Listen to Me Marlon Stevan Riley

Listen to Me Marlon Stevan Riley
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Like most accomplished actors, silver screen legend Marlon Brando's greatest gift was also his biggest curse: put simply, he felt way too much.
 
From his life as a young and emotional boy growing up in an abusive household in Omaha, Nebraska to his sad, troublesome death 80 years afterwards at his home in the Hollywood Hills, the life of what many consider to be one of the greatest actors of all time is on full display in Listen to Me Marlon, a documentary by Stevan Riley that is as complex as it is perplexing and as breathtaking as it is heartbreaking, the truest depiction of an actor's inner workings ever shown on screen.
 
Made of interconnected and often random thoughts, stories and ideas recorded to tape by Brando himself throughout his career, Listen to Me Marlon is one of the most intimate biographies ever assembled. From self-hypnosis sessions to simple descriptions of his life, Brando comes alive again in the film, with his fresh, fervent and sometimes even frail voice guiding listeners across decades, capturing the cultural and societal issues of each along the way.
 
Brando's support of the civil and Native American rights movements are documented here like never before, as are accounts of him preparing for some of his biggest roles and rise to fame (any actor would seriously benefit from listening to the man discuss his acting methods halfway through the movie's first hour), but so are his personal and professional missteps, including (but not limited to) the time away from his children (which Brando admits led to the imprisonment of his son and subsequent tragic death of his daughter) and, later in his career, the lack of interest in roles without six figures attached to him (his blasé attitude towards his role in Superman, for which he was paid a record breaking $3.7 million — $14 million in inflation-adjusted dollars — for just 13 days of work is disgusting, especially when one hears him talk about putting Post-it notes on fellow actors foreheads to help him remember lines).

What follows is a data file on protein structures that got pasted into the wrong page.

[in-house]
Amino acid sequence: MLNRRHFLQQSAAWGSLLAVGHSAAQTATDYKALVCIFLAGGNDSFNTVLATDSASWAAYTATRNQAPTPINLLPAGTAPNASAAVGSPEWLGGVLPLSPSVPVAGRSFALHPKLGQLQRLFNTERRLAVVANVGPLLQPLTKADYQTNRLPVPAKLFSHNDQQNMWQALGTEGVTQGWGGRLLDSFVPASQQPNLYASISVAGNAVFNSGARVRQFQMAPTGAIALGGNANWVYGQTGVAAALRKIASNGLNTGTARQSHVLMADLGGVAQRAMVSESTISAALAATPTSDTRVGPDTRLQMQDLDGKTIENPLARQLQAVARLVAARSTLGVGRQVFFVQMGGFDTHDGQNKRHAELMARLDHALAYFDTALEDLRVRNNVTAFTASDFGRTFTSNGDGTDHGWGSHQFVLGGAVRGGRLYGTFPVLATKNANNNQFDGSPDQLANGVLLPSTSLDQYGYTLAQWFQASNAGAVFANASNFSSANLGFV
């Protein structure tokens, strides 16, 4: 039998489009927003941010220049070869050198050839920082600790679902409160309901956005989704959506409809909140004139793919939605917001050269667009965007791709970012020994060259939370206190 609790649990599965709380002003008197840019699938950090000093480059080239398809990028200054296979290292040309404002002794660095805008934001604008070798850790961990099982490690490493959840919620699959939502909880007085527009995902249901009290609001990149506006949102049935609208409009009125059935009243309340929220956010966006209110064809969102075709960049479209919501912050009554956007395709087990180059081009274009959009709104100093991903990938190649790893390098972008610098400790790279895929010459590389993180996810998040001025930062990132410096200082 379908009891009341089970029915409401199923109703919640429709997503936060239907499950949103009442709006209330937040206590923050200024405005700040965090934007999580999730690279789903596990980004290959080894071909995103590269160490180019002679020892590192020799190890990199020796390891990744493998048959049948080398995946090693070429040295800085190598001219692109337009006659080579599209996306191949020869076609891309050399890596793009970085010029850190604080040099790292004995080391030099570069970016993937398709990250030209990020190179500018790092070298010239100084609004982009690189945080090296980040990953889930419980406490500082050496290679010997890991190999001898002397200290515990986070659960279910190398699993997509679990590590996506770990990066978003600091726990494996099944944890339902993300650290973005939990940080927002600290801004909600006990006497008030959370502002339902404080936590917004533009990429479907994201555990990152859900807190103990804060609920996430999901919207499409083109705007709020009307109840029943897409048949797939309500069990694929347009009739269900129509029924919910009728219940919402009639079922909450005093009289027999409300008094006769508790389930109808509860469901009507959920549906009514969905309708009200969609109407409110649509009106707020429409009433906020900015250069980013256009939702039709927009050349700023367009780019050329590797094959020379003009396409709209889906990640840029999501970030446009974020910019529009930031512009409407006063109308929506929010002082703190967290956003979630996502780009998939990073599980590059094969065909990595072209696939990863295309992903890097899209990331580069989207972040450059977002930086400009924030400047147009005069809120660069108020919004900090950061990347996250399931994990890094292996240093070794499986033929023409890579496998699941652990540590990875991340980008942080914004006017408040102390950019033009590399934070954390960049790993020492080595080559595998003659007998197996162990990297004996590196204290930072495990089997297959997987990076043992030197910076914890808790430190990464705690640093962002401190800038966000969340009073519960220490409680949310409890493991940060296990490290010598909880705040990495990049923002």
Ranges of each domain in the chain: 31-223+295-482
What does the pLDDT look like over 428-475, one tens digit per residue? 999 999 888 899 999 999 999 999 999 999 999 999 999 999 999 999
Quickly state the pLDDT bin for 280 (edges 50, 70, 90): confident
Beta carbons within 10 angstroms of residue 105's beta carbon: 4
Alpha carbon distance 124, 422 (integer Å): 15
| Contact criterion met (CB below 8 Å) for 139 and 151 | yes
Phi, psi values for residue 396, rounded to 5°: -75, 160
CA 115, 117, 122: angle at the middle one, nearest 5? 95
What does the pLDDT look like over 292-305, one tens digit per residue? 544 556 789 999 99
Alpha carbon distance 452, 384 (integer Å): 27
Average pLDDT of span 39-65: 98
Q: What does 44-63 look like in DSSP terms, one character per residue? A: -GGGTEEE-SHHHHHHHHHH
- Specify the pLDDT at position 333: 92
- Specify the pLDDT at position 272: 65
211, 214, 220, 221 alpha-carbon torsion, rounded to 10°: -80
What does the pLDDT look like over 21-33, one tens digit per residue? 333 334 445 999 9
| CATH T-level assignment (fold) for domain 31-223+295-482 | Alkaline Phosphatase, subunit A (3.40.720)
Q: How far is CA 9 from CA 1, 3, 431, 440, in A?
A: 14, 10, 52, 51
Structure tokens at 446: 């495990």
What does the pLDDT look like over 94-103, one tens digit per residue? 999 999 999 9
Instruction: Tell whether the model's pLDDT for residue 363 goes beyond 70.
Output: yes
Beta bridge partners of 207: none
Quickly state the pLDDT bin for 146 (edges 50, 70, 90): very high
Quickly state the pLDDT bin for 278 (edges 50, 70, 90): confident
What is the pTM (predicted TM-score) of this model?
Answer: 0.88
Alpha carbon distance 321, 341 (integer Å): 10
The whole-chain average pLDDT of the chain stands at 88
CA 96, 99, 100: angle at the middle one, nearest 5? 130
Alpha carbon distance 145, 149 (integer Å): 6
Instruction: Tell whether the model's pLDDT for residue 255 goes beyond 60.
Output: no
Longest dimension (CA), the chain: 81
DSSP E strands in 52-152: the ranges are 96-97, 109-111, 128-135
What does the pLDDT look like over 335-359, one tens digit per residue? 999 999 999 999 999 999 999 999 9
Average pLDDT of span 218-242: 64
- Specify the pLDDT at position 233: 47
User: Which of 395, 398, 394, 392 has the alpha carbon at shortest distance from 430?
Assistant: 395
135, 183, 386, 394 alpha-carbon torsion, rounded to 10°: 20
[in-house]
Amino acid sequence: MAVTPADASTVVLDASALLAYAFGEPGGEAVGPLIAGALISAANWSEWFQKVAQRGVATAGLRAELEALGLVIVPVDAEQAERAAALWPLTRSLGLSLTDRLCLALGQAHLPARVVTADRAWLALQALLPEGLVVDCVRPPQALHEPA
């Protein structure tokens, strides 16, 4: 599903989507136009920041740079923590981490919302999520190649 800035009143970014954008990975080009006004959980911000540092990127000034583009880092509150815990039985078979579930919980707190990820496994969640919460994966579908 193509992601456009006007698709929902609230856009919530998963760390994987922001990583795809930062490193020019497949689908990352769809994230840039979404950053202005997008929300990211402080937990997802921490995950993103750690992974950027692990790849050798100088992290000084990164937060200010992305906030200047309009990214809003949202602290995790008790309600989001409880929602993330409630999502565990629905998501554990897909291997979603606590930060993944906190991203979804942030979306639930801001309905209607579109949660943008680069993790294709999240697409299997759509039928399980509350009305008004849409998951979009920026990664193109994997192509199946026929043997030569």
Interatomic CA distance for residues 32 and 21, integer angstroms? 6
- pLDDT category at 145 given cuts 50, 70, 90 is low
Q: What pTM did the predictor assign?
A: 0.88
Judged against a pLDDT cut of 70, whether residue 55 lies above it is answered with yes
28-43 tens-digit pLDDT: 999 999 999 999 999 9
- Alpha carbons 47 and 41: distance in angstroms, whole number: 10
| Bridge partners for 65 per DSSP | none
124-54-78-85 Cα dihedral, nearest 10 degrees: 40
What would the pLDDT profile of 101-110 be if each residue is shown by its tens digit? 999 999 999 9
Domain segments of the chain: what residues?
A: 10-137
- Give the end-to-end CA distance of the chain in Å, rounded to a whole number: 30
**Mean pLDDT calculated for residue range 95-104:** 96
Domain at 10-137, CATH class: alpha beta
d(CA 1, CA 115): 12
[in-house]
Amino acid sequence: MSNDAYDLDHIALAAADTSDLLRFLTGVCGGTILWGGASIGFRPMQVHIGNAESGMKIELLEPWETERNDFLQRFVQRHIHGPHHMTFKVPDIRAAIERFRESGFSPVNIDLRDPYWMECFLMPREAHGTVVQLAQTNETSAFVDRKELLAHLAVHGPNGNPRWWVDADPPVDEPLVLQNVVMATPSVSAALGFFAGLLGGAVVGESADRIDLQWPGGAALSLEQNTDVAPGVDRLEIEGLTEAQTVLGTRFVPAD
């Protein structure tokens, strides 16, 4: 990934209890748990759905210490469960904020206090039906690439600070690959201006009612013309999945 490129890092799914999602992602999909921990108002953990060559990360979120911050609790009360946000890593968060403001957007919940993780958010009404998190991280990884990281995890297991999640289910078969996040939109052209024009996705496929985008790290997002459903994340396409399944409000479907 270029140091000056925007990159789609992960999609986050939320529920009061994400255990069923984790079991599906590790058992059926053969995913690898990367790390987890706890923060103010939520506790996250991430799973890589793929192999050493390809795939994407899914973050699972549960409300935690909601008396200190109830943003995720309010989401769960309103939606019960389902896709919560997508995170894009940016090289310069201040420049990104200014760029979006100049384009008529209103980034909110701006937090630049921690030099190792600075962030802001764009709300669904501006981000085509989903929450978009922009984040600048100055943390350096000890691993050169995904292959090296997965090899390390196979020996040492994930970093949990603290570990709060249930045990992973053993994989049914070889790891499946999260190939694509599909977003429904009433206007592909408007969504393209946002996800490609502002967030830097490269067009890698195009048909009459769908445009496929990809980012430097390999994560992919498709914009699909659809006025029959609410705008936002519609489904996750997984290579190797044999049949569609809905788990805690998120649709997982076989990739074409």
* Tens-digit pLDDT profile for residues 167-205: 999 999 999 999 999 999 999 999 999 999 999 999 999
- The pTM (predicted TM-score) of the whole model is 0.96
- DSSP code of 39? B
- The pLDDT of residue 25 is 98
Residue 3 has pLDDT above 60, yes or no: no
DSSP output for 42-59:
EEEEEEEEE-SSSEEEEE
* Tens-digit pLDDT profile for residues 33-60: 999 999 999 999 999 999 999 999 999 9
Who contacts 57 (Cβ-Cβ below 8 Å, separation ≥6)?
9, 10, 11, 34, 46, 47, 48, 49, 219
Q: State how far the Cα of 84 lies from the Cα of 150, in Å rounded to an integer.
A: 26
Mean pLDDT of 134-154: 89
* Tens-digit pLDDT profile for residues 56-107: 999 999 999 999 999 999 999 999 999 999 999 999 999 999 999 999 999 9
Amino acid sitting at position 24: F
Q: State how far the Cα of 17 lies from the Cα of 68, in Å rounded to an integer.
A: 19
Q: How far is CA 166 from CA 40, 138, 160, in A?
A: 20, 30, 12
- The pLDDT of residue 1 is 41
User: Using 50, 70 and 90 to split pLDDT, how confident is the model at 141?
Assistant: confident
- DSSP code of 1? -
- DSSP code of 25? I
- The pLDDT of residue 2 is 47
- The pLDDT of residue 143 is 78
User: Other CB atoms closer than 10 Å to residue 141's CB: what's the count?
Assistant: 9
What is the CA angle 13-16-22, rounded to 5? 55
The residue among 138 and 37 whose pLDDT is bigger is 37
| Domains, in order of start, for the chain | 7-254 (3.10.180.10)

In a lot of ways, Listen to Me Marlon makes the grittiness and intense realism he brought to his films seem even more impressive, but it makes him seem more human, as well.
 
Brando is as true a tragic hero as has ever existed in the real world (he certainly meant well, but his life was consistently messed with by his ego and emotional pain), but it's not like he wanted us to feel bad for him. Recording over 200 hours of private conversations with yourself isn't the action of a public and put-together man, but a deeply troubled and unhappy individual trying to make sense of his confusing (and often unsettling) emotions and life path. In that way, Marlon Brando seems less like a movie star, and more like a person as concerned and confused by their day-to-day decisions as you or I.

(Passion Pictures)